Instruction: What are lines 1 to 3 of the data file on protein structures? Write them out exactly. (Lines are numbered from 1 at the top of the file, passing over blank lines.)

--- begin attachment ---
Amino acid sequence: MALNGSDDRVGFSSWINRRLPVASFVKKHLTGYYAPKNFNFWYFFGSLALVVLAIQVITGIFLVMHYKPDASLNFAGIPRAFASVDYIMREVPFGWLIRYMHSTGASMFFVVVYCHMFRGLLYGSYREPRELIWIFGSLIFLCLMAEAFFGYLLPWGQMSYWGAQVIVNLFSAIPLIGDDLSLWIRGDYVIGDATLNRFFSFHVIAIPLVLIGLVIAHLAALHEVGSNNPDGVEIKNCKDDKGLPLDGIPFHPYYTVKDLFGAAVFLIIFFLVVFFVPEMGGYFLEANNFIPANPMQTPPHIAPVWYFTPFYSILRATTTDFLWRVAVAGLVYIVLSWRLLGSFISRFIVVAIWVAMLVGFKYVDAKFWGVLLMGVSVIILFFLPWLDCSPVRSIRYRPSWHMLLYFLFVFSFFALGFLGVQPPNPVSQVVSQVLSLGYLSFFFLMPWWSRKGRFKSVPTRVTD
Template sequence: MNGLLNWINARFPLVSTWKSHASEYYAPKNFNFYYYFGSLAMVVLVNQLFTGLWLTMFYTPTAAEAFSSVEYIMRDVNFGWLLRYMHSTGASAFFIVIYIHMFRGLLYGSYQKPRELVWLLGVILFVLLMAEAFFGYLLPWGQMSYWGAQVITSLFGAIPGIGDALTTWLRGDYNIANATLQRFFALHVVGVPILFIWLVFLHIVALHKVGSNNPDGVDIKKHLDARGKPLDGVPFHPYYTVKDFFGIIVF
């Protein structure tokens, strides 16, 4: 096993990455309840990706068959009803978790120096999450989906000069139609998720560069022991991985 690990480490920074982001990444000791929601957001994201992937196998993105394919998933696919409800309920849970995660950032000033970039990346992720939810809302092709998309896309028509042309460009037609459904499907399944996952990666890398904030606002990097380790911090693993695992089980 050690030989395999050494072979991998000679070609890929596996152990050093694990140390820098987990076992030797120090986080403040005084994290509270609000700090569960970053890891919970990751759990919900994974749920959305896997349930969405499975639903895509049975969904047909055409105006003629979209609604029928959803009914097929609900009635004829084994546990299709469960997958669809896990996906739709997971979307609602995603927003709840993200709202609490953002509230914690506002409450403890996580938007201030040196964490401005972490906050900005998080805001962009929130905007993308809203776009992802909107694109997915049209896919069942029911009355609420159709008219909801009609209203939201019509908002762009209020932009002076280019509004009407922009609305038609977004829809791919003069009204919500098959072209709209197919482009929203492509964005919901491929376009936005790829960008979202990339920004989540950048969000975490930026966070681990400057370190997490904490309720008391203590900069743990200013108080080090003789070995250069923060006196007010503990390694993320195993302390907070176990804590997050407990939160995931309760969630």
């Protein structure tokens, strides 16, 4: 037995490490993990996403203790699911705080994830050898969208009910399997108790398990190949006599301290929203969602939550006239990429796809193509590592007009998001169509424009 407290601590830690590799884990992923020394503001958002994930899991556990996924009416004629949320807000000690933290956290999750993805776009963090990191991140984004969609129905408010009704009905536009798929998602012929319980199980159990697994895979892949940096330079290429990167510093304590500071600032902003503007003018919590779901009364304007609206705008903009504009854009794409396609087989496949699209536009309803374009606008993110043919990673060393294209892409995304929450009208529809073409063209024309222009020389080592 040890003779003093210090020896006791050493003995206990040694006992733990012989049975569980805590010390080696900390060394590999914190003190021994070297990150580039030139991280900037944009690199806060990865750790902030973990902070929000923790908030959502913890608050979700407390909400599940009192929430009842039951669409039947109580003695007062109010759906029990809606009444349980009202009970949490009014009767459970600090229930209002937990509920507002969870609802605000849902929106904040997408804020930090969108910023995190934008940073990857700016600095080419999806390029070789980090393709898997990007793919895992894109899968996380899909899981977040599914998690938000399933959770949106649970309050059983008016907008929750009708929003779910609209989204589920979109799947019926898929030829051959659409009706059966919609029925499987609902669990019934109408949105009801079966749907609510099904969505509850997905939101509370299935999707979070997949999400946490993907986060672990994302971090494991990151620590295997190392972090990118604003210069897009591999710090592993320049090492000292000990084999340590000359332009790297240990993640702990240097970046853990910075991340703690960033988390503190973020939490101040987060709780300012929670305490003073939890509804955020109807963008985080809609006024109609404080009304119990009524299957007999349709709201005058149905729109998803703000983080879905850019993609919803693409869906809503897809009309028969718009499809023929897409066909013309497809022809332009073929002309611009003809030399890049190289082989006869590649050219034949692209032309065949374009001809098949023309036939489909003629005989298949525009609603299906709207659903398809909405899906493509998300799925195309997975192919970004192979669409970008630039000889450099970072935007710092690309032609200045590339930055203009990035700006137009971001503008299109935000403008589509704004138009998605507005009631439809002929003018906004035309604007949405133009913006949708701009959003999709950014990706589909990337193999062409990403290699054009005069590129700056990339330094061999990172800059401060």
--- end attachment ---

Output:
Amino acid sequence: MALNGSDDRVGFSSWINRRLPVASFVKKHLTGYYAPKNFNFWYFFGSLALVVLAIQVITGIFLVMHYKPDASLNFAGIPRAFASVDYIMREVPFGWLIRYMHSTGASMFFVVVYCHMFRGLLYGSYREPRELIWIFGSLIFLCLMAEAFFGYLLPWGQMSYWGAQVIVNLFSAIPLIGDDLSLWIRGDYVIGDATLNRFFSFHVIAIPLVLIGLVIAHLAALHEVGSNNPDGVEIKNCKDDKGLPLDGIPFHPYYTVKDLFGAAVFLIIFFLVVFFVPEMGGYFLEANNFIPANPMQTPPHIAPVWYFTPFYSILRATTTDFLWRVAVAGLVYIVLSWRLLGSFISRFIVVAIWVAMLVGFKYVDAKFWGVLLMGVSVIILFFLPWLDCSPVRSIRYRPSWHMLLYFLFVFSFFALGFLGVQPPNPVSQVVSQVLSLGYLSFFFLMPWWSRKGRFKSVPTRVTD
Template sequence: MNGLLNWINARFPLVSTWKSHASEYYAPKNFNFYYYFGSLAMVVLVNQLFTGLWLTMFYTPTAAEAFSSVEYIMRDVNFGWLLRYMHSTGASAFFIVIYIHMFRGLLYGSYQKPRELVWLLGVILFVLLMAEAFFGYLLPWGQMSYWGAQVITSLFGAIPGIGDALTTWLRGDYNIANATLQRFFALHVVGVPILFIWLVFLHIVALHKVGSNNPDGVDIKKHLDARGKPLDGVPFHPYYTVKDFFGIIVF
């Protein structure tokens, strides 16, 4: 096993990455309840990706068959009803978790120096999450989906000069139609998720560069022991991985 690990480490920074982001990444000791929601957001994201992937196998993105394919998933696919409800309920849970995660950032000033970039990346992720939810809302092709998309896309028509042309460009037609459904499907399944996952990666890398904030606002990097380790911090693993695992089980 050690030989395999050494072979991998000679070609890929596996152990050093694990140390820098987990076992030797120090986080403040005084994290509270609000700090569960970053890891919970990751759990919900994974749920959305896997349930969405499975639903895509049975969904047909055409105006003629979209609604029928959803009914097929609900009635004829084994546990299709469960997958669809896990996906739709997971979307609602995603927003709840993200709202609490953002509230914690506002409450403890996580938007201030040196964490401005972490906050900005998080805001962009929130905007993308809203776009992802909107694109997915049209896919069942029911009355609420159709008219909801009609209203939201019509908002762009209020932009002076280019509004009407922009609305038609977004829809791919003069009204919500098959072209709209197919482009929203492509964005919901491929376009936005790829960008979202990339920004989540950048969000975490930026966070681990400057370190997490904490309720008391203590900069743990200013108080080090003789070995250069923060006196007010503990390694993320195993302390907070176990804590997050407990939160995931309760969630």